Sin… English Rose…

She was our very own English Rose, but the thorns could do you some nasty damage. I think it was the Scorpions who sang that Every Rose had its Thorn.

Well, that suited too, because she certainly had a sting in her tail.

She called herself Barb. I’d assume it was short for Barbara, but I’m not so sure. Barbara is more the name for an older woman. It’s not often you find someone sub-50 so called and ‘Barb’ was, I’d say, more mid-30s.

Though, saying that, I’ve always been poo at guessing ages. People either seem to look a lot older or years younger than they actually are, to me. I can’t help taking in to account their eyes. Windows to the soul and all that. If there’s a sparkle and a smile in their eyes, it can knock years off their apparent age, so smoothing out the wrinkles in my mind. Similarly, if their eyes have a shadow – the weight of woe or the lull of lethargy – it seems to wrap a cloak around them, one that has been screwed up and shoved down the back of the sofa for the past six months, forgotten about. Its creases have been so set in place they’ll neither drop out nor benefit from an industrial steam iron whacked down on them. Even though possibly new, it appears aged and sorrowful and tired.

And so the years are piled on.

So, Barb could have been sitting comfortably in the dead centre of her third decade, or she could have been twice that, carry the one, but have a spark that could burn away the years before they could even attempt to scrunch her up and drop her behind the sofa.

She had a spark that could burn, that was for sure. The wit slid down her tongue like a wrist off a razorblade, cutting deeply into those that were careless enough to venture too close. And it was the sort of wound that no bandage or suture could heal.

Barb. A bit like naming me Sin. It does what it says on the tin, except I couldn’t help it. I do believe she enjoyed herself.

Perhaps that was why she appeared younger than her name would suggest. She liked being spiteful. Her needles and nudges, digs and derisions were her version of fun and she splashed about in her pool of putdowns as if it were a summer’s day and she was paddling in the breakwaters of a beach.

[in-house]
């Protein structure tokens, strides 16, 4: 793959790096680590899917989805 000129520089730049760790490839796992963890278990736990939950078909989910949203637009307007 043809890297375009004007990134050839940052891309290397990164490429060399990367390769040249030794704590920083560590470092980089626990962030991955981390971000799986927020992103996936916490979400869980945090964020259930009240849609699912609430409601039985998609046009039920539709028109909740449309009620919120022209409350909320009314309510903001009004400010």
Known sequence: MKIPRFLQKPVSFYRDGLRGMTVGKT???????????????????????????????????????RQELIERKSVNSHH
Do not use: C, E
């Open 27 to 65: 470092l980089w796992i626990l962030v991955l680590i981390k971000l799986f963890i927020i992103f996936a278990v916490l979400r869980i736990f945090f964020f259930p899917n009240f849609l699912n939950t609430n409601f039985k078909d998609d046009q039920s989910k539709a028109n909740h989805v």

I suffered her cruelties once. I was walking past her going nowhere other than somewhere different to where I was. She put her foot out and I had no choice but to trip over it. I wasn’t the first, or the last to do so and many have learned to just ignore her and carry on walking. Unfortunately, I hadn’t learned that valuable lesson yet and so made the mistake of pointing out her deliberate trip, asking for an apology.

I don’t think I had the chance to utter another word until her tirade of insults and accusations had finished. Around an hour had passed and she hadn’t seemed to pause to draw breath. Once she was done, she didn’t speak to me again, not then nor since, and I was left reeling and picking the pieces of my Self up off the floor where she’d flung them.

I mentioned that she was an English Rose. She was. High, rosy cheeks, back so straight it seemed to be formed from one single piece and was unbendable. An air of haughtiness that sat on the shoulders of superiority and spat on all below. And her thorns, they were as sharp as a scorpion’s sting.

I’ve never been a gardener, but I do wish someone would come along and be brave enough to prune her.

1 Comment

  1. I love this, Shaun!

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